Women’s income is lower on average than that of men in part because they generally work less, leave the labor force for longer periods and tend to hold jobs that pay less, a congressional study found.
But even after adjustments are made for those factors, women still earned an average of 20.3 percent less than men in 2000, investigators said Thursday.
The General Accounting Office conducted the earnings study for Democratic Reps. Carolyn Maloney of New York and John Dingell of Michigan.
The 20 percent gap has been relatively unchanged in the past two decades. In 1983, the difference was 19.6 percent.
The study could not explain reasons for earnings difference, but noted that experts have speculated the gap could be because of discrimination or the decision by some women to work forgo career advancement for family friendly jobs that offer more flexibility and less stress.
“These decisions may have specific consequences for their career advancement or earnings,” the study said. “However, debate exists about whether these decisions are freely made or influenced by discrimination in society or in the workplace.”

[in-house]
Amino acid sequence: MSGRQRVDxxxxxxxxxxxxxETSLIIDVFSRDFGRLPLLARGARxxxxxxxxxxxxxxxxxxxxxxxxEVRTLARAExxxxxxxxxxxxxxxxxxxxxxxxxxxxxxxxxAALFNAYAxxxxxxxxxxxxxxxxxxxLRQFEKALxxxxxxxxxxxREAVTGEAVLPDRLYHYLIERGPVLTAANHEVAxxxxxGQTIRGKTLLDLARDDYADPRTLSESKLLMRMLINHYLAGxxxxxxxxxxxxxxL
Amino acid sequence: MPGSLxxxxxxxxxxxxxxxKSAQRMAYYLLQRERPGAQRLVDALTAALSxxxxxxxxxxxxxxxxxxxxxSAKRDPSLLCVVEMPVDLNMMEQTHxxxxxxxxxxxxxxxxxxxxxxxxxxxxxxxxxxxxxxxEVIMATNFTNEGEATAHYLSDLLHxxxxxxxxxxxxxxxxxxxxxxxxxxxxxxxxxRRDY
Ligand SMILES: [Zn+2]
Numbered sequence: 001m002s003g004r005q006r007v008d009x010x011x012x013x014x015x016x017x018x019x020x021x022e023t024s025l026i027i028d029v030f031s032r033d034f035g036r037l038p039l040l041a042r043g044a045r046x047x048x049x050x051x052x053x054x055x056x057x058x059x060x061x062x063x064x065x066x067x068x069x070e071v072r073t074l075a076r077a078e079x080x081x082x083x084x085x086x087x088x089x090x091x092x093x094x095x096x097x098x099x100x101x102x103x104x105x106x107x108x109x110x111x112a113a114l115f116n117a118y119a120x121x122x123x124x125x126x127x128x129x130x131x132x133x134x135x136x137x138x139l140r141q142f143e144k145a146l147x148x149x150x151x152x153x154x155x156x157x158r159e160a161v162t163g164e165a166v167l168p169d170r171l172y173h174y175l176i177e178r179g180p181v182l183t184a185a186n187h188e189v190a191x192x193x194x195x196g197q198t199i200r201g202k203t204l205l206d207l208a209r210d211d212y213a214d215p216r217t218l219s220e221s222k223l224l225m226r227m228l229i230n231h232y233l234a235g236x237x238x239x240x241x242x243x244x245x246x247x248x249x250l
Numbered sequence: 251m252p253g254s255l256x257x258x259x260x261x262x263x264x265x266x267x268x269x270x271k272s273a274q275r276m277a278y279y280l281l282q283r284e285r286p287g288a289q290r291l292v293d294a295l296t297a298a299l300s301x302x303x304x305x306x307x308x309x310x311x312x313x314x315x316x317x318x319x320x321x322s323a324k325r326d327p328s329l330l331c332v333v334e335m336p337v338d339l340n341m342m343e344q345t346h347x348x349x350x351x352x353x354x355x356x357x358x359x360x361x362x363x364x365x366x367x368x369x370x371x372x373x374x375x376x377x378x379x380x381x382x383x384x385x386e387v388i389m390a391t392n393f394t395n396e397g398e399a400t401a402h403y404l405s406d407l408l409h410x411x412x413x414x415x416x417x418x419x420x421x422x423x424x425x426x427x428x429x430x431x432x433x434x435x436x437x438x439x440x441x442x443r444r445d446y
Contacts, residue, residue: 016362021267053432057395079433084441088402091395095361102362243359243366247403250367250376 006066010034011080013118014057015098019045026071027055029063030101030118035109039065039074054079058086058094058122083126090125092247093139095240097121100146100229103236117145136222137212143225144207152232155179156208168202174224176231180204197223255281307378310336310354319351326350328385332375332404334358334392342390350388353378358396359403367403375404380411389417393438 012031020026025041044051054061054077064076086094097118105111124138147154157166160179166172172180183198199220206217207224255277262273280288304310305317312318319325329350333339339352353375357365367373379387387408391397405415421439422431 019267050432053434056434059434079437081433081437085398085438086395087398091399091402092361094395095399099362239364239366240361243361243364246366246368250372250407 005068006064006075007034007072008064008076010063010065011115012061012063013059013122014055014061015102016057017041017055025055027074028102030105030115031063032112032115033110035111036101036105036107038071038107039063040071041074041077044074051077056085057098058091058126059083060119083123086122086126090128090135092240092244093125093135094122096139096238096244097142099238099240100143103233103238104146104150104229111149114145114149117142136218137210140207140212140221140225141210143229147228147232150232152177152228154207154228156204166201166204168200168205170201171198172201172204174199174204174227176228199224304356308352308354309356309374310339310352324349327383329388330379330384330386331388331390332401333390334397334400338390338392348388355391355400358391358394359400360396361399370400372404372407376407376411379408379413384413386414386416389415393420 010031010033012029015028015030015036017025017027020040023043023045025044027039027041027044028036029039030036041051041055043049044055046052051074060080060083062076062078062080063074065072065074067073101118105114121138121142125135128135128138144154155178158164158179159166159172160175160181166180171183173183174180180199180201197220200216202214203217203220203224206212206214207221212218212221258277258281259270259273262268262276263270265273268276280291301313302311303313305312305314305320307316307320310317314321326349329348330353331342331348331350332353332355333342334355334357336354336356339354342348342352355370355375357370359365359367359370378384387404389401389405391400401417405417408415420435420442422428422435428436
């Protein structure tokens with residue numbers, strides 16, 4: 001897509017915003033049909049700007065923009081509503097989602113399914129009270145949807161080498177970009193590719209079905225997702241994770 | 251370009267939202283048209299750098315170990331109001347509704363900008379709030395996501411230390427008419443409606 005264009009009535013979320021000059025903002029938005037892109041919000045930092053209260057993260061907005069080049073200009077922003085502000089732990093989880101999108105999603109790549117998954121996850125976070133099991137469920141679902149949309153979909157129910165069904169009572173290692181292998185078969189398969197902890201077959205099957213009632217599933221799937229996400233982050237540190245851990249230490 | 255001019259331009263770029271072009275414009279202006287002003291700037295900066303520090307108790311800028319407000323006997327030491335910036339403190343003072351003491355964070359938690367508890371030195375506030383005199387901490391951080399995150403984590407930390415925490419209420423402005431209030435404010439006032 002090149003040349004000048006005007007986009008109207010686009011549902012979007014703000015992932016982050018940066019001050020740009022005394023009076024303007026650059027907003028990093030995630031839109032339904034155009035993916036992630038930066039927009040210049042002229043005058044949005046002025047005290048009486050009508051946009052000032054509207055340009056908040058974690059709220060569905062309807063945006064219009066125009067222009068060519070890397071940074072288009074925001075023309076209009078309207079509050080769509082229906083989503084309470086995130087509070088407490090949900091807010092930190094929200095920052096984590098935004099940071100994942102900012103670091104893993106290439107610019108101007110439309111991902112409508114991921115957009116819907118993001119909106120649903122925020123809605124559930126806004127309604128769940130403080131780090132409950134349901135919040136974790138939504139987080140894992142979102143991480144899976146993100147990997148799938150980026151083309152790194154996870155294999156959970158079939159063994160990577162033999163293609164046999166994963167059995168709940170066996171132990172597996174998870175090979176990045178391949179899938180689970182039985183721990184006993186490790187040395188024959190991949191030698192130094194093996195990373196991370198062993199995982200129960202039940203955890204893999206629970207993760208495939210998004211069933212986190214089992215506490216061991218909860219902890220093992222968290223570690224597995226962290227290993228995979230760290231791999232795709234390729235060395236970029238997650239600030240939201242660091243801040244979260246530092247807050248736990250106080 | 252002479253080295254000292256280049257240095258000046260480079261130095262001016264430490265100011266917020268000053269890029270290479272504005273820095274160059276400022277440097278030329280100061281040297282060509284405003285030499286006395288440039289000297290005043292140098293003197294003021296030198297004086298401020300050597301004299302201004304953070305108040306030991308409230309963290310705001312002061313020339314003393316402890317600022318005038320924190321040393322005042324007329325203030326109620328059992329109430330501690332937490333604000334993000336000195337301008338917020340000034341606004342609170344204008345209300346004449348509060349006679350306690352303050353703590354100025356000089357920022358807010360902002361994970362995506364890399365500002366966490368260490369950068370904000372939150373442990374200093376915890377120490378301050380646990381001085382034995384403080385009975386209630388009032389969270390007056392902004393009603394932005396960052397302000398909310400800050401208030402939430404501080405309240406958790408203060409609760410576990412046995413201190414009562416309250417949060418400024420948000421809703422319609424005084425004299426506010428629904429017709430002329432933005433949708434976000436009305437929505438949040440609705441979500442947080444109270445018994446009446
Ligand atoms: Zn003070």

Men work on average 2,147 hours per year, compared with 1,675 for women, the study said.
Almost nine of 10 men worked full time compared with two of three women. Men were out of the labor force an average of one week compared with three weeks for women, the report said.
The influx of women in the labor force in recent decades has failed to result in significant changes in America’s places of work, the study said.
“Research suggests that many work places still maintain the same policies, practices and structures that existed when most workers were men who worked full time, 40-hours per week,” the report said. “As a result, there may be a mismatch between the needs of workers with family responsibilities and the structure of the workplace.”